A Trenton Residents Action Coalition-sponsored Vehicle Accountability Ordinance apparently passed muster with City Council by a 6-0 vote at a recent meeting.
The ordinance seeks to place greater control on a vehicle fleet that is subject to constant abuse by Trenton officialdom.
Now, in non-bizarro world, such an event would mean the ordinance would head to Mayor Douglas H. Palmer’s desk for his signature and passage into law.
Unfortunately those legal geniuses over at 319 E. State Street have apparently told City Council that despite their affirmative vote on the measure, the ordinance is headed to the May 2010 ballot where Trenton’s voters will decide the issue.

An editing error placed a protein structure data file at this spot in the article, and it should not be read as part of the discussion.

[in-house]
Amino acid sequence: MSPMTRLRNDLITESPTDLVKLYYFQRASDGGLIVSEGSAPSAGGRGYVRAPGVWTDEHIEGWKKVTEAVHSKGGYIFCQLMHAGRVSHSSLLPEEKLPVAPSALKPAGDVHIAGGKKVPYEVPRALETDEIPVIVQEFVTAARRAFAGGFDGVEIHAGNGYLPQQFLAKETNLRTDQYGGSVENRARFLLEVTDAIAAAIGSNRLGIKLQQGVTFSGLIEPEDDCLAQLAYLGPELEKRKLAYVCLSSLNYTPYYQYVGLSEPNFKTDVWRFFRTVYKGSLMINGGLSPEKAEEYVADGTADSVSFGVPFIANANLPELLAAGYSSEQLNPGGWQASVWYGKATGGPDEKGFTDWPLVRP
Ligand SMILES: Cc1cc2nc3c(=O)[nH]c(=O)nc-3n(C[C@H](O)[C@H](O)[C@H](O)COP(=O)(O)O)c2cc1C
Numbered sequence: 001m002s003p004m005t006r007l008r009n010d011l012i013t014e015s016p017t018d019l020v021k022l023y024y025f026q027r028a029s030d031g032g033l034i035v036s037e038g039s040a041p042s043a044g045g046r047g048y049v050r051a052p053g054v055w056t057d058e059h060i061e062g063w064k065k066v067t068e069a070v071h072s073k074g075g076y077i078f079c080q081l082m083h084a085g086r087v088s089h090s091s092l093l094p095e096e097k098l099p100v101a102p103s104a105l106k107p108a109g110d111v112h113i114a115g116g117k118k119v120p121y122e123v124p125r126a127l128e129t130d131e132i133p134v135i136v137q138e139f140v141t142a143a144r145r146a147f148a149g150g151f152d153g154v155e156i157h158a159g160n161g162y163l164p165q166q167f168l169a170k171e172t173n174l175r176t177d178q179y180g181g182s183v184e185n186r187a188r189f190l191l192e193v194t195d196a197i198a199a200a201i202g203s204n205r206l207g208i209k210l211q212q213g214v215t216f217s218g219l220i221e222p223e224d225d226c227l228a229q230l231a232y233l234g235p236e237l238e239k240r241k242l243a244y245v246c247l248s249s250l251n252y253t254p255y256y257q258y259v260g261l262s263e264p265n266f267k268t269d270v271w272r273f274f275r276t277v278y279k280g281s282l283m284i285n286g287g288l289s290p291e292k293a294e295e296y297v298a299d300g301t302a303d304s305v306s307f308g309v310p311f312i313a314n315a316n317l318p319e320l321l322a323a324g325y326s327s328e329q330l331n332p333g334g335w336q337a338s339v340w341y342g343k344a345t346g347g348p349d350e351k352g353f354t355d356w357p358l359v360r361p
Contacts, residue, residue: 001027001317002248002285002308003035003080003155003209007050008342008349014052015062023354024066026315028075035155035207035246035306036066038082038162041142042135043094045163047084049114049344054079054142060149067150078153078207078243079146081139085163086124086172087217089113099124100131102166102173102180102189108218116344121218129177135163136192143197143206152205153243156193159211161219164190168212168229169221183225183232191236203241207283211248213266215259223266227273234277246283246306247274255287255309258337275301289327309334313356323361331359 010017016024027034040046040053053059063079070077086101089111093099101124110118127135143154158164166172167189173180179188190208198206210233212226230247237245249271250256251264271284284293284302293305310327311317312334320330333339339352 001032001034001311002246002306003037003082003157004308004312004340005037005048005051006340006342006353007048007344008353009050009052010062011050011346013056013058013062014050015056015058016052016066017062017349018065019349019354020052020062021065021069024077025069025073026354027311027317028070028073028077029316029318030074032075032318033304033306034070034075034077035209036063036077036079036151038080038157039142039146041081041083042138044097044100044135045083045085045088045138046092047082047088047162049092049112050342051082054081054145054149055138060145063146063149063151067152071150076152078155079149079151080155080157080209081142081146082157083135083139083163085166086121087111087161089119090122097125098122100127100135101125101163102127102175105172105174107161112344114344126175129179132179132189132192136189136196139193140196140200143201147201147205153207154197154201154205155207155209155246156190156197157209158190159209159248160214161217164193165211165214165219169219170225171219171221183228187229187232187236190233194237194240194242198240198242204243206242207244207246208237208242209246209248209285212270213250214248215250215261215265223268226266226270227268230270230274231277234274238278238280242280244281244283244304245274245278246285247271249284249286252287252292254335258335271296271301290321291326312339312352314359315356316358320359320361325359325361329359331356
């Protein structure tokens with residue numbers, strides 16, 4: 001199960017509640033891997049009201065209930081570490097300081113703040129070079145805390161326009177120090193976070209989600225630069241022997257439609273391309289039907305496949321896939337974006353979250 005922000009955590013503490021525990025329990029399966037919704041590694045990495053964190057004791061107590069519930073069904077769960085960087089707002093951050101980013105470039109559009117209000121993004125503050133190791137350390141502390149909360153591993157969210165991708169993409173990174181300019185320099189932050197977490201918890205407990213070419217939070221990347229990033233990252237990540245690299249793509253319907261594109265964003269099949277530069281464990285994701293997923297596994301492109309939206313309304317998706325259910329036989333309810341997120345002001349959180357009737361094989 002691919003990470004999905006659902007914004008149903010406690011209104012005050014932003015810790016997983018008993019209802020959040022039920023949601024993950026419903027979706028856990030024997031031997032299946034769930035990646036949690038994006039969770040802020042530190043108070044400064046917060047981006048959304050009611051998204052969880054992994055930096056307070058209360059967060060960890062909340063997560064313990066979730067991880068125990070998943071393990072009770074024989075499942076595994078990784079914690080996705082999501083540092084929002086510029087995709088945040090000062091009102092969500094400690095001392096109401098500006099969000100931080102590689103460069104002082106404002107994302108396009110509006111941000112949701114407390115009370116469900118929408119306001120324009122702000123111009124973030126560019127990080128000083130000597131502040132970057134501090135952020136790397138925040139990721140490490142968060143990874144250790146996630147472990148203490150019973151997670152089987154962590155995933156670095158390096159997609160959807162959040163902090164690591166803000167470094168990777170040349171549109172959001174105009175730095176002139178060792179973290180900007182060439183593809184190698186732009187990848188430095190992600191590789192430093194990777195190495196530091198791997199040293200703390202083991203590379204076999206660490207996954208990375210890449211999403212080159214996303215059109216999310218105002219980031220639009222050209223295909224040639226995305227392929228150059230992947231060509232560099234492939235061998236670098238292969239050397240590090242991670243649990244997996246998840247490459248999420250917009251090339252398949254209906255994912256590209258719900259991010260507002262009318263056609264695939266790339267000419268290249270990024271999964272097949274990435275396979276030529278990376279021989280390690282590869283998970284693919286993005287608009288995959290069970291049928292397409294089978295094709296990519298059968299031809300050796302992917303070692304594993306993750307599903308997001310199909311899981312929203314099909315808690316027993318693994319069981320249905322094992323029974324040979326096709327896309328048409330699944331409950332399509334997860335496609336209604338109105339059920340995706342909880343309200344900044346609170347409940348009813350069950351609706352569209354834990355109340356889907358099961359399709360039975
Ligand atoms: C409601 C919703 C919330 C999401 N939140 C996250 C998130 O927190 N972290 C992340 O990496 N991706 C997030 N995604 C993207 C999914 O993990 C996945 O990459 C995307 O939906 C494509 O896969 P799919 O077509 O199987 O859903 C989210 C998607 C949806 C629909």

While ordinance petitioners such as myself fully expected the measure to go to the ballot rather than be passed by our city officials (because it actually makes sense), the fact that it passed muster with City Council members was a positive note.
That positive note has been shattered, however, by City Hall’s legal shenanigans in claiming that this now-passed ordinance still must gain support from the city electorate.
I guess City Council’s vote no longer matters in this town, because in any other town, it does.
In fact, nowhere in state law is it provided that a petition-initiated ordinance must pass a double gauntlet of City Council consideration AND support from the voters. The Faulkner Act clearly states that an ordinance is only to go to the voters if it fails to be substantially adopted by the city’s governing body and executive.
So, if you happen to be among the 1,000-odd people who signed one of our petitions, next time you happen to be at City Hall, kindly ask the City Clerk, the City Attorney, or the “Special” Counsel to explain exactly where this ordinance has gone and why it must pass two hurdles instead of just one.
We deserve answers.